Gene Mapping of a Mutant Mungbean (Vigna radiata L.) Using New Molecular Markers Suggests a Gene Encoding a YUC4-like Protein Regulates the Chasmogamous Flower Trait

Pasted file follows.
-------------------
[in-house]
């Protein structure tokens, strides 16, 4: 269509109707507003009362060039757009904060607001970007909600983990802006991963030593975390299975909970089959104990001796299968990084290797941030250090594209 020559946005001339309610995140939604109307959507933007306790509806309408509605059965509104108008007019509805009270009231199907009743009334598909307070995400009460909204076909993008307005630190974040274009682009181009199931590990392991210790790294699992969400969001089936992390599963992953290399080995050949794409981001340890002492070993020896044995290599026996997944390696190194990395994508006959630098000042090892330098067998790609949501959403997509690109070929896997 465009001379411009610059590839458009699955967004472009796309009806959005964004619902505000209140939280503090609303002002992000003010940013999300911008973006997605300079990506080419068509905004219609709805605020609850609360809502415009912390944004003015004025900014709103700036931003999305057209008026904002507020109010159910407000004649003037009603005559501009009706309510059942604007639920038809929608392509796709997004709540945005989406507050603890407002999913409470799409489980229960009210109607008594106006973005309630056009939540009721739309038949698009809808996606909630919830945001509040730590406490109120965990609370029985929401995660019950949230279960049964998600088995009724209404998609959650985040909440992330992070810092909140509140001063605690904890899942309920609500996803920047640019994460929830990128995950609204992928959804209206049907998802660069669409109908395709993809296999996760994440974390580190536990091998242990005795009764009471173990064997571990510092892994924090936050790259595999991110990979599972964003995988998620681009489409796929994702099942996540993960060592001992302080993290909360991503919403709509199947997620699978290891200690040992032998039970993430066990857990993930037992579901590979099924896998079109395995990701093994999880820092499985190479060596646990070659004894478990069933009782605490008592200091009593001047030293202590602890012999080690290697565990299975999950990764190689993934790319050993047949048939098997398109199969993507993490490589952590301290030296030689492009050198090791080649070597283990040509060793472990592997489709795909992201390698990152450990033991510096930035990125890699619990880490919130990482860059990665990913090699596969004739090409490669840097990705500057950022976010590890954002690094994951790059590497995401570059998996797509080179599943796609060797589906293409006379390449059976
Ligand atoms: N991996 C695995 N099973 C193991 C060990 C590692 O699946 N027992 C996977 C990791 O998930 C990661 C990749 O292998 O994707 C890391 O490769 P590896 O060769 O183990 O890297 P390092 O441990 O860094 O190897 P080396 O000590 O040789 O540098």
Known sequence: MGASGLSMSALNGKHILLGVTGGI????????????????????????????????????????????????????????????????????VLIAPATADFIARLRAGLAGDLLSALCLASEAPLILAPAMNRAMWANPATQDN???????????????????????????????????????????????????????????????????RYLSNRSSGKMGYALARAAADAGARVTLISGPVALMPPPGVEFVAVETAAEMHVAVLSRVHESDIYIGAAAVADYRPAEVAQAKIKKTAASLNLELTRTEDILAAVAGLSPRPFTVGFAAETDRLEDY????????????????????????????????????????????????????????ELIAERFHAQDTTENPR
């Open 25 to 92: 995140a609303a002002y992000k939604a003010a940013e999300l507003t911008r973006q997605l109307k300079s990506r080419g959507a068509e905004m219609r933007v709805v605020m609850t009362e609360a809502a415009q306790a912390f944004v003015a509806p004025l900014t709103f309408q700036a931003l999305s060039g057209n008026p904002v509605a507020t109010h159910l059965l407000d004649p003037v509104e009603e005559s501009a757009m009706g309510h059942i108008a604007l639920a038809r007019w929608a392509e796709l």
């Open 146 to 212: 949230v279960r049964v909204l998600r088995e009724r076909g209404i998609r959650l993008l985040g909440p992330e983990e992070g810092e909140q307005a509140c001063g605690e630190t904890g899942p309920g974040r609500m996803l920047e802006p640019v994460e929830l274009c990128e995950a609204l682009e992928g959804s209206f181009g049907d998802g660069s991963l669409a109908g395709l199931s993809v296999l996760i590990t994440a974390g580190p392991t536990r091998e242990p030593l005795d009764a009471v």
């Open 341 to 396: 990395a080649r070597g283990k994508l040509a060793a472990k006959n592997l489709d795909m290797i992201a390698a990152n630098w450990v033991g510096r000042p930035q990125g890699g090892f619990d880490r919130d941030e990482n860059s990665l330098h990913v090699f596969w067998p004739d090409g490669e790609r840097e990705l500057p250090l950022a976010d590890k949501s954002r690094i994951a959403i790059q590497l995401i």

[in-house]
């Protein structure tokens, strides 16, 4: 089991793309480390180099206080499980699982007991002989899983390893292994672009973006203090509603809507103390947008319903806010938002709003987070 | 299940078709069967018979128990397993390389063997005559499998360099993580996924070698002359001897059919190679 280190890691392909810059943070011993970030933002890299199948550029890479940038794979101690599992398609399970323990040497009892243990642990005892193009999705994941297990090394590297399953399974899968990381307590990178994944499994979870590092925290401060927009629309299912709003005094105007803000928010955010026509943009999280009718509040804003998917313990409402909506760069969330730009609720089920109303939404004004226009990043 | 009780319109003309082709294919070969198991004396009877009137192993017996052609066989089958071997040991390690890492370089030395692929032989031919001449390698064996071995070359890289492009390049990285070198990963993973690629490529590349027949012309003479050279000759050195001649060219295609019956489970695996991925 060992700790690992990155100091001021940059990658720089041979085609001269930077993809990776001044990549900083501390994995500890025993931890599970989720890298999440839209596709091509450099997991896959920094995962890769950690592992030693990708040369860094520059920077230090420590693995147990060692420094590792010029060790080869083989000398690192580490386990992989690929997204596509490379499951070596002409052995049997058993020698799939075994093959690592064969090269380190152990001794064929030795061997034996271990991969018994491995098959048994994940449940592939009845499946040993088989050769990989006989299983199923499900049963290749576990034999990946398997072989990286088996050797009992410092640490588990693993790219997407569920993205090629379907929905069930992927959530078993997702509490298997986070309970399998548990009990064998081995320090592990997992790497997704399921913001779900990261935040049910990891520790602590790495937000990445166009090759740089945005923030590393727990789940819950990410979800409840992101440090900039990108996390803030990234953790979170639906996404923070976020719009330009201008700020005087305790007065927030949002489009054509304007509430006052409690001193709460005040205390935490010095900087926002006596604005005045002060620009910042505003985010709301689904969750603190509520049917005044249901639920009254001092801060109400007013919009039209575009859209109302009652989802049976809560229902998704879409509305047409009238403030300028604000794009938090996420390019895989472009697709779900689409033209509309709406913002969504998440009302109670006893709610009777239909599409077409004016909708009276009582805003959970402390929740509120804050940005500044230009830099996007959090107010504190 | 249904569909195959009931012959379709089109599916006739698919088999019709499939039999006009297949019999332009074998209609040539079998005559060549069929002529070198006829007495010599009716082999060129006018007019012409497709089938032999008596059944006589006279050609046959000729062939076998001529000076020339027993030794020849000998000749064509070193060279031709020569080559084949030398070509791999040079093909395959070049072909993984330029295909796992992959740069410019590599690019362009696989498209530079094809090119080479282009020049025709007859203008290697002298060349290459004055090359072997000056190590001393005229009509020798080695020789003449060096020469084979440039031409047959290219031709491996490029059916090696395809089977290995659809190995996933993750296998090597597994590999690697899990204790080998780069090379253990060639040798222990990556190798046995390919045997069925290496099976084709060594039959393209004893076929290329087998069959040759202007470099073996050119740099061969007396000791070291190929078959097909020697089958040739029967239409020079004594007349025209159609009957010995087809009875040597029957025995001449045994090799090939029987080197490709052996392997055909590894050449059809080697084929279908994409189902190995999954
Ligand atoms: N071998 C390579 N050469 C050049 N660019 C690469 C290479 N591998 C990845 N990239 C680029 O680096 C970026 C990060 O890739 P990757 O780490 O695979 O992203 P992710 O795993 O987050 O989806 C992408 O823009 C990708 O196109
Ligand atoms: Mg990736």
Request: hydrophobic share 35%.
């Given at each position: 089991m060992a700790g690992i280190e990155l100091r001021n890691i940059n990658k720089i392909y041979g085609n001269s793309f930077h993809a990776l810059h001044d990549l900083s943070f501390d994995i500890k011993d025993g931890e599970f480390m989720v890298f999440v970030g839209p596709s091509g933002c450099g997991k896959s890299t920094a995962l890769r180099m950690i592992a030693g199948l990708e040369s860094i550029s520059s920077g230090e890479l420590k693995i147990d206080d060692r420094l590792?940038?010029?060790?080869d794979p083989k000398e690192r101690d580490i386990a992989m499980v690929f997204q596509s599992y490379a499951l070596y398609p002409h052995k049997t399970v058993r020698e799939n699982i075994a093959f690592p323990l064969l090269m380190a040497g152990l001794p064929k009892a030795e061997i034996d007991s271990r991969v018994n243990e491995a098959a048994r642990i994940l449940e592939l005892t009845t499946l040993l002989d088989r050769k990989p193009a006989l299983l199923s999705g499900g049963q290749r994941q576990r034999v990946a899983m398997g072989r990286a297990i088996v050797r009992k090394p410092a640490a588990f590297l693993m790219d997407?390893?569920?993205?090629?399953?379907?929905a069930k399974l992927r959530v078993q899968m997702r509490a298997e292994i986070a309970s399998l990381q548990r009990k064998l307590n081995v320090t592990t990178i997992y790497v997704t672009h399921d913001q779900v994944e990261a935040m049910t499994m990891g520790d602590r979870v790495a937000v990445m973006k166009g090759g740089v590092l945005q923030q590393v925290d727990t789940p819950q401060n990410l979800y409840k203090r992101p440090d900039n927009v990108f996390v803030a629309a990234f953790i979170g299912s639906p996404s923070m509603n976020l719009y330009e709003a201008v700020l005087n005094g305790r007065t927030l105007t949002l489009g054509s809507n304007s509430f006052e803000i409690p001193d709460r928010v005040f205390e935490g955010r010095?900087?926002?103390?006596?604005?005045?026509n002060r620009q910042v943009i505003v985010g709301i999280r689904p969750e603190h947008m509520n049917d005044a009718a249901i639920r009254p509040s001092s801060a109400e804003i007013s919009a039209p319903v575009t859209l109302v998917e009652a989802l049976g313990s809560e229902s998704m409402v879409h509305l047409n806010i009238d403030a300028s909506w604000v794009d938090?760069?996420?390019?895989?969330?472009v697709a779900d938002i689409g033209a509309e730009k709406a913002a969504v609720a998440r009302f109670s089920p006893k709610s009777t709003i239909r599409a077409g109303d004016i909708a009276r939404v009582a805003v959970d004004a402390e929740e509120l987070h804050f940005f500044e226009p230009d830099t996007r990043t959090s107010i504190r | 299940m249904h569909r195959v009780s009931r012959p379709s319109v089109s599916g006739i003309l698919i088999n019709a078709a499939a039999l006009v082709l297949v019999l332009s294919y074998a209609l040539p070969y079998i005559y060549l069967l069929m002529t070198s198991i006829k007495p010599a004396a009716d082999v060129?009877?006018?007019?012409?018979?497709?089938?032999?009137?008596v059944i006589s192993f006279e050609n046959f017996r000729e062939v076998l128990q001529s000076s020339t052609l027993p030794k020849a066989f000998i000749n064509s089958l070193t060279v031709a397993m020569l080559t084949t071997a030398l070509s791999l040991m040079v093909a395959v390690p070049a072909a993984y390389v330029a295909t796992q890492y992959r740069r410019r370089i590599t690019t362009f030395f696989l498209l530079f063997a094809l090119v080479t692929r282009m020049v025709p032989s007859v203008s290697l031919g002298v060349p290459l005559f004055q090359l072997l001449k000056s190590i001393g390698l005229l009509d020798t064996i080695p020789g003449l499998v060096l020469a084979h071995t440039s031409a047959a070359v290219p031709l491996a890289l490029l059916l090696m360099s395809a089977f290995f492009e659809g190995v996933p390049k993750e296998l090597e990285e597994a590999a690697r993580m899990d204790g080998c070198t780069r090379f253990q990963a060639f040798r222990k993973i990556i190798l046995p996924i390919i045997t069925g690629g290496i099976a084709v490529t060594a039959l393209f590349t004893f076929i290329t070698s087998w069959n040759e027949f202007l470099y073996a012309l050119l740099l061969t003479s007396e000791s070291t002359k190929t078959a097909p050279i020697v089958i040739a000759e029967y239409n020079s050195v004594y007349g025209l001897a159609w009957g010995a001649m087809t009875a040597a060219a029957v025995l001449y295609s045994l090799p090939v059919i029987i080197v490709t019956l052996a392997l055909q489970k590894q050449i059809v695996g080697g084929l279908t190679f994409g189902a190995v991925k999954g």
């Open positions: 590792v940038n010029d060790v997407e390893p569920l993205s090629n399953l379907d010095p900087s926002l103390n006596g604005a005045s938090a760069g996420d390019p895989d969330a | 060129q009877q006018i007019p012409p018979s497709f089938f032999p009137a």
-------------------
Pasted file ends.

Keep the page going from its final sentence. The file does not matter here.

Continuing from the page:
Mungbean (Vigna radiata L.) is a cleistogamous plant in which flowers are pollinated before they open, which prevents yield improvements through heterosis. We previously generated a chasmogamous mutant (CM) mungbean in which open flowers are pollinated. In this study, we developed insertion/deletion (indel) markers based on the transcriptome differences between CM and Sulu-1 (i.e., normal flowering) plants. An F2 population derived from a cross between CM and Sulu-1 was used for gene mapping. Segregation analyses revealed that a single recessive gene regulates the production of chasmogamous flowers. Using newly developed indel and simple sequence repeat markers, the cha gene responsible for the chasmogamous flower trait was mapped to a 277.1-kb segment on chromosome 6. Twelve candidate genes were detected in this segment, including Vradi06g12650, which encodes a YUCCA family protein associated with floral development. A single base pair deletion producing a frame-shift mutation and a premature stop codon in Vradi06g12650 was detected only in CM plants. This suggested that Vradi06g12650 is a cha candidate gene. Our results provide important information for the molecular breeding of chasmogamous mungbean lines, which may serve as new genetic resources for hybrid cultivar development.
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